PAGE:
I got the Holy Ghost the same day I was baptized, so all of this talk of being “baptized by fire and the Holy Ghost” was old news too. Right? Huh… it somehow seems like this book was written for investigators more than it was for me – although the funny part was, most investigators decided whether or not to be baptized before they read very far. It didn’t seem like most of them made it out of 1 Nephi before they either confessed they weren’t interested or accepted the invitation to be baptized. This was especially true if we were asking them to be baptized on the first or second lesson.
So now the primary audience, in my mind, isn’t even reading what was written for them. And once they get baptized, all those verses about being baptized and getting the Holy Ghost will basically be obsolete, right? I mean, I guess its possible that they could be a little stubborn and the missionaries would need to read all of those chapters with them before they were convinced. But even then, we put so much emphasis on having a spiritual – revelatory – experience, that what the book said almost felt like an afterthought.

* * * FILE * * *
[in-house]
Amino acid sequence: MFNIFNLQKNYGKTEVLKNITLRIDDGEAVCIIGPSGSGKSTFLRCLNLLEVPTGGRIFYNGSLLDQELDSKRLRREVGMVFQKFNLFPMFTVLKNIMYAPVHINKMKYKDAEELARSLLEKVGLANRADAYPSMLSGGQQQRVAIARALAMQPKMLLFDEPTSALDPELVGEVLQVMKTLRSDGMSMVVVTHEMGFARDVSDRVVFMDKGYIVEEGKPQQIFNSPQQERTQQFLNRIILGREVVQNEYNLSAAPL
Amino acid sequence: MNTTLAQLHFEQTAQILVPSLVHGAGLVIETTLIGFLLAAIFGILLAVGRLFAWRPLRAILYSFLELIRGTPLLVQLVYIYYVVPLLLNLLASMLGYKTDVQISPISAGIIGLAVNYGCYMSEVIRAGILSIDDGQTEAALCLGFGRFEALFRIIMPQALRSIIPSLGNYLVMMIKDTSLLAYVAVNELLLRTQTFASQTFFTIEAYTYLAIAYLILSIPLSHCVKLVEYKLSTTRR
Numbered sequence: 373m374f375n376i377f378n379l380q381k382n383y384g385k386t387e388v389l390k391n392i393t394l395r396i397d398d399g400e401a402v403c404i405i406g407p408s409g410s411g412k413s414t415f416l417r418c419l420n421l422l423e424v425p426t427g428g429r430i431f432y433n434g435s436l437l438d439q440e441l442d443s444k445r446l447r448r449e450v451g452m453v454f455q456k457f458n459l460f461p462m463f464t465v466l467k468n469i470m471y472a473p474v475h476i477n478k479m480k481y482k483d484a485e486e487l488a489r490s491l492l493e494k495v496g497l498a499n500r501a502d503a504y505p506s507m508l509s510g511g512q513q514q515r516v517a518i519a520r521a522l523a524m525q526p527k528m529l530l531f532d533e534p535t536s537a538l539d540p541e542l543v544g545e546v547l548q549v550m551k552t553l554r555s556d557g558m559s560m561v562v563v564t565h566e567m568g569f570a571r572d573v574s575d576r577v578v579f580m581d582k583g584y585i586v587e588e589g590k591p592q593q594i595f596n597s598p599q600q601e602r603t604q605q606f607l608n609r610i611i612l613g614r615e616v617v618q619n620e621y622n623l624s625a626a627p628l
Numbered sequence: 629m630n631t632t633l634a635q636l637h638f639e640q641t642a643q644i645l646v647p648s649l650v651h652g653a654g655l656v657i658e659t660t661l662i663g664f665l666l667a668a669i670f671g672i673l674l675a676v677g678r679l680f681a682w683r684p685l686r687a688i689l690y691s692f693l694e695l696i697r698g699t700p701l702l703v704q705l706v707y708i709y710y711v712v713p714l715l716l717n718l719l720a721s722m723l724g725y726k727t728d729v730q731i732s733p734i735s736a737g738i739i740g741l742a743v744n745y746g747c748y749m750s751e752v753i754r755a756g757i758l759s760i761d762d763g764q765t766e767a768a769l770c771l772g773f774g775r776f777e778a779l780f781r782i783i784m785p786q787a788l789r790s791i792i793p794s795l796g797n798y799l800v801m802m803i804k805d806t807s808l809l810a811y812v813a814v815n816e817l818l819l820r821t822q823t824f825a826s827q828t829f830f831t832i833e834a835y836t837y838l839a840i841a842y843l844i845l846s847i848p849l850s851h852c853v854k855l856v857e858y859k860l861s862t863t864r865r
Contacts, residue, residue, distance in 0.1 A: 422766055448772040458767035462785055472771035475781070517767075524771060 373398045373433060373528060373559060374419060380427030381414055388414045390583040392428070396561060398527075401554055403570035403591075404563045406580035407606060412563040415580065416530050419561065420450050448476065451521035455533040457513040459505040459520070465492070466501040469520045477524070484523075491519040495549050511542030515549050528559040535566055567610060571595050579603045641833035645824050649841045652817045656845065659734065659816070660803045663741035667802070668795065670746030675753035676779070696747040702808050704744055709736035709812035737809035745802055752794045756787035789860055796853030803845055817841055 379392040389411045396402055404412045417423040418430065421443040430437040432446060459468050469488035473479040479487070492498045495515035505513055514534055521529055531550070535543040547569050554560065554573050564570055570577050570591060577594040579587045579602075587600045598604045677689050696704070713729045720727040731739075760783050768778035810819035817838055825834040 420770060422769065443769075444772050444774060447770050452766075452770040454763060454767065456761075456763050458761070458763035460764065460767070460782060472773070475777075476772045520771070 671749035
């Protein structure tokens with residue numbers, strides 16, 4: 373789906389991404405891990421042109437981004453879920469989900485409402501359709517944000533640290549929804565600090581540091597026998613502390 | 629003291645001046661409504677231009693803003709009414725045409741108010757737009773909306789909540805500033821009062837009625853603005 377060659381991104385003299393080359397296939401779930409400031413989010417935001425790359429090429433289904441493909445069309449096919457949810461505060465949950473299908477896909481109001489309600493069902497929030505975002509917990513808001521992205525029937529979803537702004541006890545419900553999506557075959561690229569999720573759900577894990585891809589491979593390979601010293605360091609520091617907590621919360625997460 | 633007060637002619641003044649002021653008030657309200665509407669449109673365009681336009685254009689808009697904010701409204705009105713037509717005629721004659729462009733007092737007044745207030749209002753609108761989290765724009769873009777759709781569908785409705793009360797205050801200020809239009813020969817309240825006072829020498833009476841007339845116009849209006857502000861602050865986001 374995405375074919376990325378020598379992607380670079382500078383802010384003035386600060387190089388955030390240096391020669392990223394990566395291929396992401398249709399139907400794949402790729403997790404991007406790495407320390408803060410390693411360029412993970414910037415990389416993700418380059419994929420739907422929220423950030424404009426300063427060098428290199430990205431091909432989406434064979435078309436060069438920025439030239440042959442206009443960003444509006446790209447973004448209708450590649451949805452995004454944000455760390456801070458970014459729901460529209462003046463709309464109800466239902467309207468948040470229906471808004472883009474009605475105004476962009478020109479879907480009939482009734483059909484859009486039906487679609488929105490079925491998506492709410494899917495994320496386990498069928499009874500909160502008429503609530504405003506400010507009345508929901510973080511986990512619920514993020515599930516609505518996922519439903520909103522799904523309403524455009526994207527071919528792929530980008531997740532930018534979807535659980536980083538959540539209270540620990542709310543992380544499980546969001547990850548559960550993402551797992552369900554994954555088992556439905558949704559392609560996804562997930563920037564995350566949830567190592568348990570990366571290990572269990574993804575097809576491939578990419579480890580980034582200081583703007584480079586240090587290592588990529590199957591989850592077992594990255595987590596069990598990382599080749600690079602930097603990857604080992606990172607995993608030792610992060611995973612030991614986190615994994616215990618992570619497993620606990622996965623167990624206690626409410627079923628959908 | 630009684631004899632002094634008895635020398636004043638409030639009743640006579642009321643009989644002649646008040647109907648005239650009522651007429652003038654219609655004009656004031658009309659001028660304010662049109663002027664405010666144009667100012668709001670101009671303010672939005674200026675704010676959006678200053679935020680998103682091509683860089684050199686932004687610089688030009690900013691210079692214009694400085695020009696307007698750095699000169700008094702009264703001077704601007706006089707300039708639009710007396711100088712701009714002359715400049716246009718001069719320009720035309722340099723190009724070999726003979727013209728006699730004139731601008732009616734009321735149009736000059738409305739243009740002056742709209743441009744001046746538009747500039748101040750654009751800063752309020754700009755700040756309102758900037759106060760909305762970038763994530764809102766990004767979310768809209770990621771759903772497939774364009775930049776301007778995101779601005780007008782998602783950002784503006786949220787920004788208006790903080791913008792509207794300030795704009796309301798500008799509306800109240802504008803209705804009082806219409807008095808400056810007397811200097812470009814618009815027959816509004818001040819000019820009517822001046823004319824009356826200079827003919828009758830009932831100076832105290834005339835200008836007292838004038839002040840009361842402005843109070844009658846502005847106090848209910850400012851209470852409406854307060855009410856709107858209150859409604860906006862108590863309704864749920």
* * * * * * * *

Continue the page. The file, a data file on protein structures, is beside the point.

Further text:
And then there were all those confusing Isaiah chapters in 2 Nephi. Those never really made any sense. We have them in the Bible, why did Nephi have to include them? You’d hope your friend or investigator who was reading the Book of Mormon you gave them got an answer before they got to Isaiah (they might lose interest!).
I already believe Jesus is the Christ, and Moroni says that’s the whole purpose of the book! So basically I don’t need it right? It’s supposed to convince you to join the Church, and I’ve already done that. Check.
I mean, obviously its good to read your scriptures everyday. They say it’s like food for your spirit, so that’s a good reason to read. It’s a good reminder that God will answer my prayers, and motivates me to “endure to the end.” I’m in the Church, so now all I have to do is not “fall away,” or go less-active. Like Bruce R. McConkie said,
“What you have to do is stay in the mainstream of the Church and live as upright and decent people live in the Church–keeping the commandments, paying your tithing, serving in the organizations of the Church, loving the Lord, staying on the straight and narrow path. If you’re on that path when death comes–because this is the time and the day appointed, this the probationary estate–you’ll never fall off from it, and, for all practical purposes, your calling and election is made sure.” (“The Probationary Test of Mortality,” Jan. 1982)